- 1 The unlikely protagonist
- 2 Summary of the argument
- 3 Resistance to innovation
- 4 How fast is technology really changing?
- 5 “Tinkering toward utopia”
- 6 Examples of “shooting star” innovations
- 7 Blackboard as an innovative technology vs the “grammar of schooling”
- 8 Structure of technological innovations in education or innovation as a labor issue
- 9 BF Skinner, teaching machines and the disappointment of labor utopias
- 10 Hole-in-the-wall funding for innovation
- 11 What should an e-strategy policy look like?
- 12 Final Caveat: Central vs local :: Equal vs responsive
The unlikely protagonist
This post may sound like it was written by someone who opposes technological innovation or at least advocates a cautious wait-and-see approach to it.
Nothing could be further from the truth. I have always been an early adopter of both technological and pedagogical innovations. And I make a pest of myself to those who know me, constantly suggesting ways in which they could do things differently (and hopefully better).
But I am also profoundly uncomfortable with equating resistance to technology with some sort of personal failing on the part of the complainant. That doesn’t mean that sometimes the complainant cannot be told to just get on with it but only after we have considered the context.
This post is about the foundations of my discomfort. It is not to denounce constant innovation, it is to put limits on claims of its moral superiority.
This post started life as an email to the ALT mailing list on the topic of E-strategy policy. Then another email. It is quite long and may not present a continuous argument. Which is why I summarize it below.
Summary of the argument
- It is not clear ahead of time which innovations will be successful.
- Technological innovation is not as fast as it may seem
- Schools are not necessary to distribute technological skills to the population so the moral panics around IT literacy education are unwarranted.
- Resistance to innovation is not intrinsically irrational because all innovation carries a transactional cost.
- Teachers are often asked to shoulder the burden of the transational cost. Which is why innovation is as much a labour issue as it is a technological issue.
- As a result innovation often proves impotent in the face of the “grammar of schooling”. It may provide new vocabulary but does not change how it is used.
- A minimalist E-strategy focusing on small innovations (with support to the economically disadvantaged) is preferable to large-scale policies.
- A ‘hole-in-the-wall’ type funding for the spreading of innovations is preferable to blanket funding (up to a certain point).
- But locality can also mean inequality. So there is still a need for a central safety-net.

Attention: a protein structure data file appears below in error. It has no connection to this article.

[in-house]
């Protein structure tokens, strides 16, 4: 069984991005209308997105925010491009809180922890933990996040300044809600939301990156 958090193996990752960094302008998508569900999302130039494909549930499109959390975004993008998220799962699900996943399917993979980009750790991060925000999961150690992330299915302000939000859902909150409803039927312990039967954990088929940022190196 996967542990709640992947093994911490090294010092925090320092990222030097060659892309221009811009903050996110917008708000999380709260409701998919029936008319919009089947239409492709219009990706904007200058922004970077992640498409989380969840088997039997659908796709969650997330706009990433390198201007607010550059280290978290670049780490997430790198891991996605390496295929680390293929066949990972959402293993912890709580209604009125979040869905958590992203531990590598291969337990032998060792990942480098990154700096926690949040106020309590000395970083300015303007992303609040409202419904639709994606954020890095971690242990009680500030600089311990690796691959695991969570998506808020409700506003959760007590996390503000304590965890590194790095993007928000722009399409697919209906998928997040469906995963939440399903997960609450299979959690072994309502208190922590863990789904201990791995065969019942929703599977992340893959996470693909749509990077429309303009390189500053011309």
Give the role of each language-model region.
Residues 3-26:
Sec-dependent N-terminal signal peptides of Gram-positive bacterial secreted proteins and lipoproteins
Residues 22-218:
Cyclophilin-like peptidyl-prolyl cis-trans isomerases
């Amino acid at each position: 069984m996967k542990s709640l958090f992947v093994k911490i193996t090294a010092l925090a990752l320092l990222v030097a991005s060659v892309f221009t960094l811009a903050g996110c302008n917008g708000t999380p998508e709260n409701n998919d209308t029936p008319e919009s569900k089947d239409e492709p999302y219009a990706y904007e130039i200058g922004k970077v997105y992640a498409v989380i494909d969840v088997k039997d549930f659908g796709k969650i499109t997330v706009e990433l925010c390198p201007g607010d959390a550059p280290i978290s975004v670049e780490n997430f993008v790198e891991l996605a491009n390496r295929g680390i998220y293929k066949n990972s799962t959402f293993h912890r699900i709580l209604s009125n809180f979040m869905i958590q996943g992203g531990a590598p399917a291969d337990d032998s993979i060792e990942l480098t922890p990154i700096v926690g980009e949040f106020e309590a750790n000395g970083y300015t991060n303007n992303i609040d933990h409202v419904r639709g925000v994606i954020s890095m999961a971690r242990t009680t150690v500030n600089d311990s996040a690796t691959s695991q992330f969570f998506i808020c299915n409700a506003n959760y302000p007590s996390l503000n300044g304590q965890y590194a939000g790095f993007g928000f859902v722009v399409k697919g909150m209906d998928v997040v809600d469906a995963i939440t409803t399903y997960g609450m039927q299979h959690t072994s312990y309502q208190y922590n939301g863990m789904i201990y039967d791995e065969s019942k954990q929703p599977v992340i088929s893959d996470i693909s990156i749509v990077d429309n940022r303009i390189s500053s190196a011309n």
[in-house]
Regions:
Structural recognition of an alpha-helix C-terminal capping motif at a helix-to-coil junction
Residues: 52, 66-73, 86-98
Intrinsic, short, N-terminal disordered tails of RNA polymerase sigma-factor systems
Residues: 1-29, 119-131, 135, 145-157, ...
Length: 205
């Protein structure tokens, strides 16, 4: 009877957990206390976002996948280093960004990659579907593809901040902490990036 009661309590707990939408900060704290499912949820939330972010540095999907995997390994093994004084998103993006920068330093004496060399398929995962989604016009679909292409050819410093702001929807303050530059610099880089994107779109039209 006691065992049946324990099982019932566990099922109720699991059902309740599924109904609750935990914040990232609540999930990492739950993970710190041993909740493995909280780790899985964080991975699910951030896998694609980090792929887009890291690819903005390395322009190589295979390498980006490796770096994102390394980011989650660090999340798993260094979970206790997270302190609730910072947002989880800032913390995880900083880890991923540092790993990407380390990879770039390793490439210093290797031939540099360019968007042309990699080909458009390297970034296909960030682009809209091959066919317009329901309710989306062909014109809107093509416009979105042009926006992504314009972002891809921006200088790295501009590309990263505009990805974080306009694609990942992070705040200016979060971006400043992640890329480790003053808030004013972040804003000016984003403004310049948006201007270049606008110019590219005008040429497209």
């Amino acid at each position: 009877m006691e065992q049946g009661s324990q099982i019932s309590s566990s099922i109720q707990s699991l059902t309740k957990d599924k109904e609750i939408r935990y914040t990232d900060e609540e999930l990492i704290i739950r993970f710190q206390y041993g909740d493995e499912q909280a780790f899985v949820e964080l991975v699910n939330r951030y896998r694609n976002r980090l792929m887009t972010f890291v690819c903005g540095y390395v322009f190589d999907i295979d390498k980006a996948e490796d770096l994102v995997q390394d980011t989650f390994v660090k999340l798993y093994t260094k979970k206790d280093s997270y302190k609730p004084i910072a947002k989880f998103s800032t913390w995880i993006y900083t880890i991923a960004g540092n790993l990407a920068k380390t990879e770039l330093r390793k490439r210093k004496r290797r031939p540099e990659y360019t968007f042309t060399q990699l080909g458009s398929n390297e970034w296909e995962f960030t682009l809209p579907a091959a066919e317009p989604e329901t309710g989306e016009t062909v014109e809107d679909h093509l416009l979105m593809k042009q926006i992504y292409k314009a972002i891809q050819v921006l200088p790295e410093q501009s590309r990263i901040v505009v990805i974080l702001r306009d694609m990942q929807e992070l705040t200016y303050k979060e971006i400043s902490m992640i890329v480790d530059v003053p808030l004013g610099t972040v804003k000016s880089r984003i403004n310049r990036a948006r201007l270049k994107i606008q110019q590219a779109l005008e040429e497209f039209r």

Resistance to innovation
Gripes about all the barriers to innovation in education are not a new trope. But I would argue that resistance to innovation is a good thing. It provides essential balance to faddism (even though it may not seem to be very successful). There are many lists of innovations that have been initially resisted by those whose comfort levels they challenged. And the resisters are made to look like fools. Who could oppose things like: print, electricity, telephone, audio recording, inoculations, computers, etc.
But such lists are incredibly selective. History is full of crackpot suggestions that may have also seemed like a good idea at the time. The problem is (like with evolution by adaptation of selected mutations), you can never be completely sure ahead of time what will seem to be a crackpot idea from the future.
How fast is technology really changing?
This type of denouncement of resistance to technology is often done in the service of a seemingly good cause. There is a popular perception that technology is changing rapidly and schools are in constant danger of being left behind. What, we worry, will happen to society if schools are not “preparing” children for the technological age. Not much, I’d suggest. Most of the people who today successfully use computers for creative purposes, business, personal communications, programming, etc. have not been taught about them in school. They learned how to use them through a complex web of non-formal education, the same way they learned about love and much of life in general. Friends, how-to books, osmosis, evening classes, trial and error, these are all the ways in which the populations of Western countries have become sufficiently computer literate to be able to take advantage of the technology that is increasingly replacing the old paper and human based infrastructure for communication, government, and commerce.
We keep talking as if the changes in technology are so rapid, that they change day to day. But that’s only true when seen from the perspective of early adopters. Some of the key interfaces (desktop, mouse, file, folder, network) are over 30 years old. We’ve seen a gradual increase of ubiquity and connectivity over the last 15 years but that has not been nearly as rapid as it may seem. In that respect, I think that the education system has done a really good job of keeping up and it broadly reflects society at large when it comes to technological advancement. (i.e. “The future is already here but it’s not evenly distributed.”)
I expanded this argument in more detail in an earlier post on the relativity of technology inspired change.
“Tinkering toward utopia”
I this context, I heartily recommend Tyack and Cuban’s “Tinkering Toward Utopia”. Which is where I found this:
“I believe, the motion picture is destined to revolutionize our educational system and that in a few years it will supplant largely, if not entirely, the use of textbooks.”
These are the words of TA Edison from the 1920s. It’s taken almost a century for video to become a truly useful educational tool (as opposed to an occasional supplement) with the advent of YouTube and the flipping of the classroom. But we still cannot be sure if Edison will be right in the long run.